One man’s trash: The perks of ‘so bad they’re good’ horror movies

From a technical and artistic perspective, Troll 2 is an awful movie. There’s a scene in the film where the main protagonist, a young boy named Joshua, unleashes a fury of urine all over his family’s dinner, right in front of their eyes. Unbeknown to his family, the food is tainted and would very likely turn them into goblins if consumed. Joshua knows this because the ghost of his dead Grandpa Seth told him so. And yet that very same scene, like many others, was shot and acted with the utmost sincerity, which is what makes Troll 2 an awesome movie. 

With All Hallows’ Eve fast approaching, students at the college are no doubt wondering which horror movies to watch. It appears, for film-savvy Emerson students, that the most desired kind of horror movie is a scary, well-made one. 

And I’m more than happy to recommend John Carpenter’s chilling and trailblazing 1978 slasher film Halloween or Ti West’s 2009 satanic panic flick The House of the Devil. But there’s a decidedly less spooky type of horror movie that holds a special place in my heart this time of year. And that is the crappy, incomprehensibly idiotic film that is so bad it’s actually really good. 

Now, a lot of students at this college claim to ironically watch these films. But somehow, I doubt their interpretation of “so bad it’s good” goes beyond the lame 1993 Disney flick Hocus Pocus. 

I’m talking specifically about the decades old films so bafflingly bad, so horribly dated, so artistically inept, you’ll wonder how they were ever allowed to be consumed by the public.  

Troll 2 has become the poster child for this type of film. In fact, a 2009 documentary chronicling its legacy is entitled Best Worst Movie. And that notion may very well be true. 

For starters, Troll 2 infamously features no actual trolls. Instead, the villains are goblins. It’s the first of many outrageous qualities that have rescued the 24-year-old film from the bargain bin and into the pantheon of cult viewing and worshiping.

And Troll 2 isn’t the only film that earns this distinction. 1982’s Halloween III: Season of the Witch completely abandons the franchise-famous template of Michael Myers killing teenagers for a consumerist satire involving witchcraft, haunted masks, and Stonehenge. The film was a critical and financial disaster, and Myers was immediately revived for the fourth entry in the series. But in the years since its release, Halloween III has developed a loyal following for its loony departure from the typical Halloween formula.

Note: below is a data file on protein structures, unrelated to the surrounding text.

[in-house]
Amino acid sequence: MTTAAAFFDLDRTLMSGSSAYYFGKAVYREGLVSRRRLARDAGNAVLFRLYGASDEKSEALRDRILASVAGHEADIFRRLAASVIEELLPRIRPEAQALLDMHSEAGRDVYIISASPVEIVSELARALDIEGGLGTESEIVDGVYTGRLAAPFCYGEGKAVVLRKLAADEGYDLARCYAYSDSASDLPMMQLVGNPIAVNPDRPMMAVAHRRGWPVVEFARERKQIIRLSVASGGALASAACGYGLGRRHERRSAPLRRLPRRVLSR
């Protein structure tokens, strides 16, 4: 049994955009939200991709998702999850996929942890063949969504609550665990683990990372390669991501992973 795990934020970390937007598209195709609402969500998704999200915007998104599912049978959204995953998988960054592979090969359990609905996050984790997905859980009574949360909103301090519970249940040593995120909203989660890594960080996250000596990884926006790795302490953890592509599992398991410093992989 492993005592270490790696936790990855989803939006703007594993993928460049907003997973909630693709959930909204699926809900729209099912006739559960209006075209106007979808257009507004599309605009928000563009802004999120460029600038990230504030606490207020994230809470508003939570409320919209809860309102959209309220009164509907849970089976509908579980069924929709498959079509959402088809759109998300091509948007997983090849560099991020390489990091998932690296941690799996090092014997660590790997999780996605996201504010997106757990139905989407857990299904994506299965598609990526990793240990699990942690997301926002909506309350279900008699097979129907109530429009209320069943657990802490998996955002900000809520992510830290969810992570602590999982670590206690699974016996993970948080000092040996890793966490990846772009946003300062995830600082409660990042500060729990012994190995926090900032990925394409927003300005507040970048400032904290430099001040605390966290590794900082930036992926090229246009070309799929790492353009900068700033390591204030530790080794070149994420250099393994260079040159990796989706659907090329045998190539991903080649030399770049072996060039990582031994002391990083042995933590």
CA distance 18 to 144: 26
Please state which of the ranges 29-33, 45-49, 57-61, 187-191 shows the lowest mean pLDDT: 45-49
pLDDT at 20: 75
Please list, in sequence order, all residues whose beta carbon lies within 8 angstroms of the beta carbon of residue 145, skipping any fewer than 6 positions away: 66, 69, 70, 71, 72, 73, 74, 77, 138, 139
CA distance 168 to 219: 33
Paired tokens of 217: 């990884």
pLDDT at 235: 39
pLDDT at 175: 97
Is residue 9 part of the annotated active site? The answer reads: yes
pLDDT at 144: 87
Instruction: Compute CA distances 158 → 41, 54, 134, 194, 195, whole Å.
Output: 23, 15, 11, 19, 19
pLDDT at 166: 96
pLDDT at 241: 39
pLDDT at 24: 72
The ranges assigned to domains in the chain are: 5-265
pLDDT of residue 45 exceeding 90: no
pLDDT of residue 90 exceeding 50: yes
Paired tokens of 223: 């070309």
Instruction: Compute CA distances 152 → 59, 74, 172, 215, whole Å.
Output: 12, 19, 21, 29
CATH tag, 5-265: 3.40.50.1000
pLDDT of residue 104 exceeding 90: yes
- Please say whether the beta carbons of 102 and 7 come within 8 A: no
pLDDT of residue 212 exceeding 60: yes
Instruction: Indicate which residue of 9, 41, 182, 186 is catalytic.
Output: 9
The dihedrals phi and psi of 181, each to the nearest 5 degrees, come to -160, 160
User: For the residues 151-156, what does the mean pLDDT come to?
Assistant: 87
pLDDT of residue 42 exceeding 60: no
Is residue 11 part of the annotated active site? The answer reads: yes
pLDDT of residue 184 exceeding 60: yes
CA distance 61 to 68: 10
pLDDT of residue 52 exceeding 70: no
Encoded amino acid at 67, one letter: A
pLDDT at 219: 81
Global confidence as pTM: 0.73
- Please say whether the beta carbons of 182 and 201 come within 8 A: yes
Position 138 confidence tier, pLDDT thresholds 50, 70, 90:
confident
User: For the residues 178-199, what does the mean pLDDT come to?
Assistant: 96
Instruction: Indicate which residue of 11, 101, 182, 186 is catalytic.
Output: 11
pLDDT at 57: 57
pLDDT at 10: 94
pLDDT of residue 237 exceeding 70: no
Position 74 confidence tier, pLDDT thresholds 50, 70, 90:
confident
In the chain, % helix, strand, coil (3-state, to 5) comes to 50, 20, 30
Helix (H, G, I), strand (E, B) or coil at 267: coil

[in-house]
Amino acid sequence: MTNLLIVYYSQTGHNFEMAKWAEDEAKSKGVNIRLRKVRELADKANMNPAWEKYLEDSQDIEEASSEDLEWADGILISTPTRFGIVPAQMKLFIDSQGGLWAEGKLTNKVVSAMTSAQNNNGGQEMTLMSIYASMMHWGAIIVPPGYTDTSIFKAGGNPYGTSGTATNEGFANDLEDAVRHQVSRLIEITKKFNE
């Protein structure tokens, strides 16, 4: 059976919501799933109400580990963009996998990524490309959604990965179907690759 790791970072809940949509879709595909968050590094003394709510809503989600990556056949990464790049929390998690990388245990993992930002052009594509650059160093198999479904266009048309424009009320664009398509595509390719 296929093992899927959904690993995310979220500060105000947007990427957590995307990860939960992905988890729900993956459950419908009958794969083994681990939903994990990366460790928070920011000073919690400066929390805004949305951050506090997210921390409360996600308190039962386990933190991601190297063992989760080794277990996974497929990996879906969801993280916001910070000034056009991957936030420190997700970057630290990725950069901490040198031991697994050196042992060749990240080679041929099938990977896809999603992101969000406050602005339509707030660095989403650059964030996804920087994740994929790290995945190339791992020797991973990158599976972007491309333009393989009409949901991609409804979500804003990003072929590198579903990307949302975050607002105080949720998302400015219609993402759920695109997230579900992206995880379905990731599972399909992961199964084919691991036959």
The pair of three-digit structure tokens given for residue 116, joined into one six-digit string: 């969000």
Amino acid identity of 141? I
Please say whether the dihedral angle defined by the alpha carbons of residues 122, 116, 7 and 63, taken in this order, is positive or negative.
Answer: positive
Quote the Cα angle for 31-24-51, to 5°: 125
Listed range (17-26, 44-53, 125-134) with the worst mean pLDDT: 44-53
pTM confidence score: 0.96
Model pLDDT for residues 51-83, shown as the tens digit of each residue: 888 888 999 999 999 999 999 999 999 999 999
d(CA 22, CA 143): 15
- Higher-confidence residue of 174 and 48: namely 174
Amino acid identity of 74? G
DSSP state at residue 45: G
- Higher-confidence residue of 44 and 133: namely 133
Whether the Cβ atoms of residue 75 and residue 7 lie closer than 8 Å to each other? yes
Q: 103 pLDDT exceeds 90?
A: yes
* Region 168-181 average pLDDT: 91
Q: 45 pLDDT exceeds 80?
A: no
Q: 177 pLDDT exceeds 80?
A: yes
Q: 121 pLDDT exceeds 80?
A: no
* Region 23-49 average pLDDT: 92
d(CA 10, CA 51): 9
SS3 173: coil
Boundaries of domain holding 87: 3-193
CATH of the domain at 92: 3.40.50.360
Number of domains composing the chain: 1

To casual viewers, this type of movie may not seem worth the two-hour investment. After all, there’s so much “art” out there, it almost seems silly to spend your time watching something you’ve already been told is terrible, particularly if it doesn’t satiate your hunger for childhood nostalgia. 

But these “so bad they’re good” movies are absolutely worth the plunge, not just to witness how badly they are made, but also how earnestly they are made. In both Troll 2 and Halloween III, along with the likes of The Burning, Sleepaway Camp, and Motel Hell, there is such a delightfully handcrafted aesthetic to the production that you can’t help but become enraptured in what looks and sounds like some truly wacky home movies made by a bunch of your goofy friends. 

These movies aren’t well-acted and the special effects are horribly dated. But there’s something addictively fun about them. They have more soul and personality than today’s mainstream fright flicks, like this year’s horrendously dull Annabelle and the obnoxiously serious 2002 film The Ring.

Surprisingly, 1981’s The Burning, which finds a disfigured caretaker named Cropsy killing horny teenage campers, wears its heart on its sleeve. In between moments of supposed terror, the film tries desperately to make you relate to this somewhat attractive, mostly gawky group of young adults who are just as awkward as typical high school students. The film is cheesy and funny and sexy and scary and stupid. Just like life. 

“So bad they’re good” horror movies are universal because they unintentionally embody the viewer. They’re unpolished and imperfect. And I think that’s why, even decades after their release, seemingly unremarkable films have stuck around in cinephiles’ minds. 

Sometimes, filmgoers take themselves too seriously. And every once and awhile, you just need a movie to piss all over your conceptions of good and bad.